Now I Loathe Self-Promotion a Little Less

[4-Minute Read]Just when you thought you'd never be able to stomach self-promotion, I go and share a story that will change your perspective.

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Now I Loathe Self-Promotion a Little Less

Just when you thought you’d never be able to stomach self-promotion, I go and share a story that will change your perspective.

For a long time, I loathed talking about myself because I didn’t want to be one of those people who drone on and on about how amazing they are.  

Whenever I get stuck interacting with one of “those people”, I wonder what they’re trying to conceal. Are they forcing the focus onto their strengths and successes because they want to hide a terrible weakness? A famous quote from McBeth often comes to mind; “Methinks the lady doth protest too much.”

I’d rather talk about great ideas and the world around me than myself.

On the flip side, I have also envied people who self-promote with a clear conscience. I’ve watched them strike up conversations with perfect strangers and chat shamelessly about their latest accomplishments. Without missing a heartbeat, they seek out TV cameras and post volumes of images across social media footnoted with intensely personal details.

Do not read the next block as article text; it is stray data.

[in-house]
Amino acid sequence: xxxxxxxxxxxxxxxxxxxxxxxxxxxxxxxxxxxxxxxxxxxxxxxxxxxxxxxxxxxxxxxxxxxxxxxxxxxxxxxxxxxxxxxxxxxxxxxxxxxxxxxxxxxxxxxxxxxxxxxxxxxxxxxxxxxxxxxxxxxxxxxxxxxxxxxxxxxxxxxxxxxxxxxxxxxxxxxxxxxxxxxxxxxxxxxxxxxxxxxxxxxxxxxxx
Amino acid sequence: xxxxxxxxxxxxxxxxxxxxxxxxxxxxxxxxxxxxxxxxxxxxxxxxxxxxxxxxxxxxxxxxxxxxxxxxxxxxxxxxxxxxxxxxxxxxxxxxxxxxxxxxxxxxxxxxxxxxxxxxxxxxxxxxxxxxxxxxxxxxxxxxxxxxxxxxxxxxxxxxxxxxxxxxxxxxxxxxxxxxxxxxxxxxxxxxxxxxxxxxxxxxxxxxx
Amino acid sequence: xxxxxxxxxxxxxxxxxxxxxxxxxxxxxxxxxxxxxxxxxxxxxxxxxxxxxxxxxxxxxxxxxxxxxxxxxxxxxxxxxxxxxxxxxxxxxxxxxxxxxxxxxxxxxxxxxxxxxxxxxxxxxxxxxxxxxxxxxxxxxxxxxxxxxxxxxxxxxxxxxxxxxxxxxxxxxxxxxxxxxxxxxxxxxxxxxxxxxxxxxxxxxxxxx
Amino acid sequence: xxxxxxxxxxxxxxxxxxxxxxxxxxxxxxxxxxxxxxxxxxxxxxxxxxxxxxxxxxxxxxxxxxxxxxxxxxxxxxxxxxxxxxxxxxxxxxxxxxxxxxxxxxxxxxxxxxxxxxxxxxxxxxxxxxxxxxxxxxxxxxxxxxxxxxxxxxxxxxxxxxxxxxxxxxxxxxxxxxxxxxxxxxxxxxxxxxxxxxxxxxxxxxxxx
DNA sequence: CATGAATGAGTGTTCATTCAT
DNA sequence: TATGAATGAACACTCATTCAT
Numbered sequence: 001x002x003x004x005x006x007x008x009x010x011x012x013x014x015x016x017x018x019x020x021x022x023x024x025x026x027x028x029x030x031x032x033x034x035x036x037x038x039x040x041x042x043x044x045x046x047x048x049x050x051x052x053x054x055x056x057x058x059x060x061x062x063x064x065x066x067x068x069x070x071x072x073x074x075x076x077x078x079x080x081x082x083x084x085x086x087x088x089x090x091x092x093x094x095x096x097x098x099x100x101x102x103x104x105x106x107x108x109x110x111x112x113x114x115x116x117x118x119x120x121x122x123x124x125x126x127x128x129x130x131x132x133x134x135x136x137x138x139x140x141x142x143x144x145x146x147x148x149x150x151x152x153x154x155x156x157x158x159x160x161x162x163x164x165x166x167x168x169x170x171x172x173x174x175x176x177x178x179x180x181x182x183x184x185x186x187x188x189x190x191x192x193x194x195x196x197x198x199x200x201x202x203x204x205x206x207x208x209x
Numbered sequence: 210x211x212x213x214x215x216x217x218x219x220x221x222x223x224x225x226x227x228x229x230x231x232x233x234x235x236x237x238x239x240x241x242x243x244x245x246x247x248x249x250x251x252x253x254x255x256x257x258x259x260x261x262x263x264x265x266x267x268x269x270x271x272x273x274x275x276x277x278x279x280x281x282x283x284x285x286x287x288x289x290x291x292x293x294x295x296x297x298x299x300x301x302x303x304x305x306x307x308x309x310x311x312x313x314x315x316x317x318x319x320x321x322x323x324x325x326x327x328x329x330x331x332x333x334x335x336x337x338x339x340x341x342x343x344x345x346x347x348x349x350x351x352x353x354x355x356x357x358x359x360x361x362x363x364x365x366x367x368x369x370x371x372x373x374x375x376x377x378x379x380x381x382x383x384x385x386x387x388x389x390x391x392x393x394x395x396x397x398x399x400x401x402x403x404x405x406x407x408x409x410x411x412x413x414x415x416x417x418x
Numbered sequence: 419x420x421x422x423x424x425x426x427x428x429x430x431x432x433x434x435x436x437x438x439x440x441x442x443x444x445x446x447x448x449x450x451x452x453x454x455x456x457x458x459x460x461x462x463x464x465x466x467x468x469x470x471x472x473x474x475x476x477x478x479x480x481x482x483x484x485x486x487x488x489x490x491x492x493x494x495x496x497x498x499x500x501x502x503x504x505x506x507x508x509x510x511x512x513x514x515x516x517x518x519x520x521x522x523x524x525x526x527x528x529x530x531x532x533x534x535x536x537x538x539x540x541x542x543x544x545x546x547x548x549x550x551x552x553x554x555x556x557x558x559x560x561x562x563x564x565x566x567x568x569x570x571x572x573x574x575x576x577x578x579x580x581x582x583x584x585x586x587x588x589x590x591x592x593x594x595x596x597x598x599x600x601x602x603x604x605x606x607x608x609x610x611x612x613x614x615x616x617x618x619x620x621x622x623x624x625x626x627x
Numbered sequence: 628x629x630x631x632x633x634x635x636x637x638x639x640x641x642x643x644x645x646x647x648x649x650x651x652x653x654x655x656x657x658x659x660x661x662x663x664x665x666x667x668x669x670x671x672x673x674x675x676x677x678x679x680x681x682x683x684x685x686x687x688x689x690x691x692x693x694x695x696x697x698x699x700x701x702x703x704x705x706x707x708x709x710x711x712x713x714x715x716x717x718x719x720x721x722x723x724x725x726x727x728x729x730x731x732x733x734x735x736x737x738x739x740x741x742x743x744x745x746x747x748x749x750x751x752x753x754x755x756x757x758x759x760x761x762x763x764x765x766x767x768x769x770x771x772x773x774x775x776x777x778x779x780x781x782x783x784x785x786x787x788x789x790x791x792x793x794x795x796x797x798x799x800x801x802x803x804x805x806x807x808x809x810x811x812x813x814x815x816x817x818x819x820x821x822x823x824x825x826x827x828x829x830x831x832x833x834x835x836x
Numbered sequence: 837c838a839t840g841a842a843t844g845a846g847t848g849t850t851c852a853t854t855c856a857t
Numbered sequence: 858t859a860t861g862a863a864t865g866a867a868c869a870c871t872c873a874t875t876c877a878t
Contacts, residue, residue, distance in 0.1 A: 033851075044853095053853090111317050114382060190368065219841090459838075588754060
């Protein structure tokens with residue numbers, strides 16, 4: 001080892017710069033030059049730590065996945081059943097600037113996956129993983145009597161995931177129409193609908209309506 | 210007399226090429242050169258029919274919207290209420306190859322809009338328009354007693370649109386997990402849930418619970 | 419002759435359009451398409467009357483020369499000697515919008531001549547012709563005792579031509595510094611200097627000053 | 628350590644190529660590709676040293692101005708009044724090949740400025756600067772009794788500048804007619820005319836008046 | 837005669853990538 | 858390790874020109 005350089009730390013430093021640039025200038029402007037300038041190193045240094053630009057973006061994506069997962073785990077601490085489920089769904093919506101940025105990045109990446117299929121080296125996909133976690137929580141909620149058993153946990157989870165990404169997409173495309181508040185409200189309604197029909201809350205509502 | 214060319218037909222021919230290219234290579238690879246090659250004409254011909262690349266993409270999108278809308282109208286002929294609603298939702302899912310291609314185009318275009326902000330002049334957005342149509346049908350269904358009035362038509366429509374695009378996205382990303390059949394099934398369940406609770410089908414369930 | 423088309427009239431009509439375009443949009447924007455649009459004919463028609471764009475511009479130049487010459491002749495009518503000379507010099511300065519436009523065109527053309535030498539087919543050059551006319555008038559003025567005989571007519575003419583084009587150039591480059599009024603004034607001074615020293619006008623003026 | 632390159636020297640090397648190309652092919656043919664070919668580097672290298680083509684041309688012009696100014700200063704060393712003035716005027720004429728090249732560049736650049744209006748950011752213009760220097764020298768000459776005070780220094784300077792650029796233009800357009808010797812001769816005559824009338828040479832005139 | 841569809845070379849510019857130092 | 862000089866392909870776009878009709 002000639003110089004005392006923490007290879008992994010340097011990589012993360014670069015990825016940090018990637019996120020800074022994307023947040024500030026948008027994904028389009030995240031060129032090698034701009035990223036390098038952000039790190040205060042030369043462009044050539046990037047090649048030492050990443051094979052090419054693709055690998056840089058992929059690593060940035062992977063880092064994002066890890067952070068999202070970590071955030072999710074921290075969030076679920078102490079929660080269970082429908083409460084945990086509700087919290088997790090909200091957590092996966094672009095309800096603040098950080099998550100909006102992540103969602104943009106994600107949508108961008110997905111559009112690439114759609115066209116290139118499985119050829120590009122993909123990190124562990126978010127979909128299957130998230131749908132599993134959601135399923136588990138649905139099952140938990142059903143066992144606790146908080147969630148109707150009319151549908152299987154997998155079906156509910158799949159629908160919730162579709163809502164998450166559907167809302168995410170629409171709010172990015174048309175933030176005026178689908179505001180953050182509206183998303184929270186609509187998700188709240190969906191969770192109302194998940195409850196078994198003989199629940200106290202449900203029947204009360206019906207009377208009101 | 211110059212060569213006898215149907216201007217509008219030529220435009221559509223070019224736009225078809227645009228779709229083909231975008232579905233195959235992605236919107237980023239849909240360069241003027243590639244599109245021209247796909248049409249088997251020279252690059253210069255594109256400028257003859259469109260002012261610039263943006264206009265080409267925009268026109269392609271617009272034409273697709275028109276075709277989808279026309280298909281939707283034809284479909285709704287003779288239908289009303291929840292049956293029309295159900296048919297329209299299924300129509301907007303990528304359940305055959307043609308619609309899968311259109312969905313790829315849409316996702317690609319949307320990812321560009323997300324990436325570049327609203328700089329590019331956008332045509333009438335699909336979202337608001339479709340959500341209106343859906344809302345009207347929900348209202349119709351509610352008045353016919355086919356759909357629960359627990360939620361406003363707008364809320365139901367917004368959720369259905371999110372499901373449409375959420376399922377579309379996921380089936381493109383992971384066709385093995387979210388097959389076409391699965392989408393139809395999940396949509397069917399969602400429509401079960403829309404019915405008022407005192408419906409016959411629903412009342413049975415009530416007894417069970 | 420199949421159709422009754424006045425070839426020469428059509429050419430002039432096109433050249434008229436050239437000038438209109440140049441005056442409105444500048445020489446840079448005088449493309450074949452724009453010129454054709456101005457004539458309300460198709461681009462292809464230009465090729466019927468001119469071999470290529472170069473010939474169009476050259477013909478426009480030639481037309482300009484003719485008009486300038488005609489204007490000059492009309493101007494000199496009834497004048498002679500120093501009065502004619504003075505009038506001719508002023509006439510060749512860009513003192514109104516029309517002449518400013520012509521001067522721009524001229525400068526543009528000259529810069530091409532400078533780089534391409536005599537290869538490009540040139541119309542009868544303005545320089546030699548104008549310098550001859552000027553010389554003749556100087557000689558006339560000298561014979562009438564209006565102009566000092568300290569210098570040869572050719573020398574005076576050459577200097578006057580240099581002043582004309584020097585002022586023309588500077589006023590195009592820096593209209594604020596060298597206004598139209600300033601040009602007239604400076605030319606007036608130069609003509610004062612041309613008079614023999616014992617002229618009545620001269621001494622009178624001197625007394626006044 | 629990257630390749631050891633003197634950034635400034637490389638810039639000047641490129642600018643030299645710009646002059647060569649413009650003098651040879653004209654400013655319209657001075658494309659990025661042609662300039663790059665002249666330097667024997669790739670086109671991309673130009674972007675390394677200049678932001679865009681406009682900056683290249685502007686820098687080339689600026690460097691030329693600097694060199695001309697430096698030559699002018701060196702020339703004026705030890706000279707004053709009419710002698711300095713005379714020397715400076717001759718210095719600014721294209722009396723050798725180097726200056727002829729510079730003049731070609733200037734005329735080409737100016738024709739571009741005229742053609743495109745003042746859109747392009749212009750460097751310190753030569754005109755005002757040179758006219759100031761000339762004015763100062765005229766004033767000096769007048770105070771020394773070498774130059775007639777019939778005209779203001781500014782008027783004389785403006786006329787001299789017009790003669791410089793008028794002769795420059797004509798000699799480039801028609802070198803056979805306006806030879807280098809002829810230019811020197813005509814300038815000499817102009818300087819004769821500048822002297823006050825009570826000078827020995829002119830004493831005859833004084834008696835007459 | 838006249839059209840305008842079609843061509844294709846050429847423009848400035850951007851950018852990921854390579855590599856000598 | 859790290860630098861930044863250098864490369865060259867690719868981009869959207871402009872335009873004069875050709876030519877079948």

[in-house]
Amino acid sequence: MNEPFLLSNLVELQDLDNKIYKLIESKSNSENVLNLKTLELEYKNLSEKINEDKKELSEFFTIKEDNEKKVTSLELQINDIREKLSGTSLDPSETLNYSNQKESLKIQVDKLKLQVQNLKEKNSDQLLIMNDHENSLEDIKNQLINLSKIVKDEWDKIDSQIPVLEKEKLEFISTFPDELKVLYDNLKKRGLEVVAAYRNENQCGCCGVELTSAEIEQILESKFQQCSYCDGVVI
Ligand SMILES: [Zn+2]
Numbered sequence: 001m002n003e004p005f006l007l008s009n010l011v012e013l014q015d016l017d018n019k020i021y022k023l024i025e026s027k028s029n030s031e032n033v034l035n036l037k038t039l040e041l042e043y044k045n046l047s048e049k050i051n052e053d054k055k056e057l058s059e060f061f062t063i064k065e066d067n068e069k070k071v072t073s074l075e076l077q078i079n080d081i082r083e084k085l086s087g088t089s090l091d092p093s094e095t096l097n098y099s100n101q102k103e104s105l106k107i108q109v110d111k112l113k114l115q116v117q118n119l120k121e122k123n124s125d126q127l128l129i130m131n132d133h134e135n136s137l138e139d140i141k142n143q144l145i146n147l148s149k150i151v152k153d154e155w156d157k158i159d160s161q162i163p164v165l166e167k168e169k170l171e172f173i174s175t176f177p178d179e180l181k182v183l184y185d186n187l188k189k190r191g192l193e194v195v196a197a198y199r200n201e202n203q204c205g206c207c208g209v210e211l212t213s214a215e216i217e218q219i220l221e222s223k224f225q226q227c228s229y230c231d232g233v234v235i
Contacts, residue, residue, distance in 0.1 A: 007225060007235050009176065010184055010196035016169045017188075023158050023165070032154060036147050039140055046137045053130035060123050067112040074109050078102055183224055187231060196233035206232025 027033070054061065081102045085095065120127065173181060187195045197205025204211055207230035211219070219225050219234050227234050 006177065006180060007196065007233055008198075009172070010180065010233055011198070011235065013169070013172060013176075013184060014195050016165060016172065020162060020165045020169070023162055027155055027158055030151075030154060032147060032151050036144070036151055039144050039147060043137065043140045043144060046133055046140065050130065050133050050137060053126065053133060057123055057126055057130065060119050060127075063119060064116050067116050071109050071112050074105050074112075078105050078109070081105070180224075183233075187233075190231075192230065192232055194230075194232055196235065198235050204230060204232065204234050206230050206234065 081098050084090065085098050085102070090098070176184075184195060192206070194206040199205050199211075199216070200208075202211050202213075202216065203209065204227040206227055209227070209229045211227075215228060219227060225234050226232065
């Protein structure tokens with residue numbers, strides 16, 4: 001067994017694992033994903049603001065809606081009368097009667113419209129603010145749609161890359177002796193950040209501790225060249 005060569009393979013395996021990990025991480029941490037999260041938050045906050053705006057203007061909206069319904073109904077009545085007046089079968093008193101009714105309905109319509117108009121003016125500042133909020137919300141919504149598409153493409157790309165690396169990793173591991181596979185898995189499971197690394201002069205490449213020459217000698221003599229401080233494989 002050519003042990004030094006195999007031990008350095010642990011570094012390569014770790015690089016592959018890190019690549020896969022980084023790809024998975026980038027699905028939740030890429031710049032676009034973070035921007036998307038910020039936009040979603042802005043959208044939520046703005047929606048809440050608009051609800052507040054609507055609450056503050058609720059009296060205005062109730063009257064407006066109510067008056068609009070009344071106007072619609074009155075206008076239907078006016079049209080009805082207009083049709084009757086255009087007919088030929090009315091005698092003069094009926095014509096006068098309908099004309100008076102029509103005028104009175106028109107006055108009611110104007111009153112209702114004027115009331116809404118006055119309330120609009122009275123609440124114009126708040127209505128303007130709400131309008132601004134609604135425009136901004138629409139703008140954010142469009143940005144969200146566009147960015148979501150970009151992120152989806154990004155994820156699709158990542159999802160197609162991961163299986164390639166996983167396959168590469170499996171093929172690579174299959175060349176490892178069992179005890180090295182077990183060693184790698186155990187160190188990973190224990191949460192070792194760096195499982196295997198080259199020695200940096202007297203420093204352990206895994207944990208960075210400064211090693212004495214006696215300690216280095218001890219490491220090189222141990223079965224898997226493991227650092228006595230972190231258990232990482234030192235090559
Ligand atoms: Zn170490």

I could see the upsides of what they were doing and the benefit it had for achieving their goals, but whenever I tried to “get out there”, it felt like someone turned the tap off to my motivation and passion for living. I just couldn’t bring myself to emulate their behaviour.

Not long ago, a series of events helped me understand how I could overcome my shyness and begin to enjoy talking about myself.

A business breakfast was one such moment.

During my shy days, I always arrived at business breakfasts just before the formalities started. I did it to avoid the awkwardness of trying to make conversation with strangers. 

My tendency to be late frequently caused me issues, especially if I had to find my own seat. As I made my way over to a table that I thought had an open spot, I often found myself disappointed — the seats were already taken. On the other hand, I sometimes ended up having to squeeze in next to an unsavoury character.

I spotted an empty seat beside a woman who was glued to her phone. I figured it was worth a shot, so I hurriedly made my way there. I asked her if the spot was taken, and she glanced up at me with her tired eyes. “Hey, sure” she replied before quickly going back to her device, tapping away on the screen. She seemed deep in thought.

I felt a strange mixture of relief and concern. The woman was clearly too busy for small talk, but something wasn’t right. I gathered some more courage and asked. “Everything okay?”

The woman looked up, surprised. Then, her face softened into a more relaxed expression. “Oh, yes, it’s fine. I’m just…trying to figure out how to deal with a difficult situation.”

“Anything I can help with?” I asked, “I’m pretty good at solving problems.”

The woman smiled, “Have you got 10 sets of hands I can borrow? I’m up to my eyeballs in work and my boss has just dumped more on me and of course wants it all done yesterday.”

“Ha! That’s exactly what they’re like.”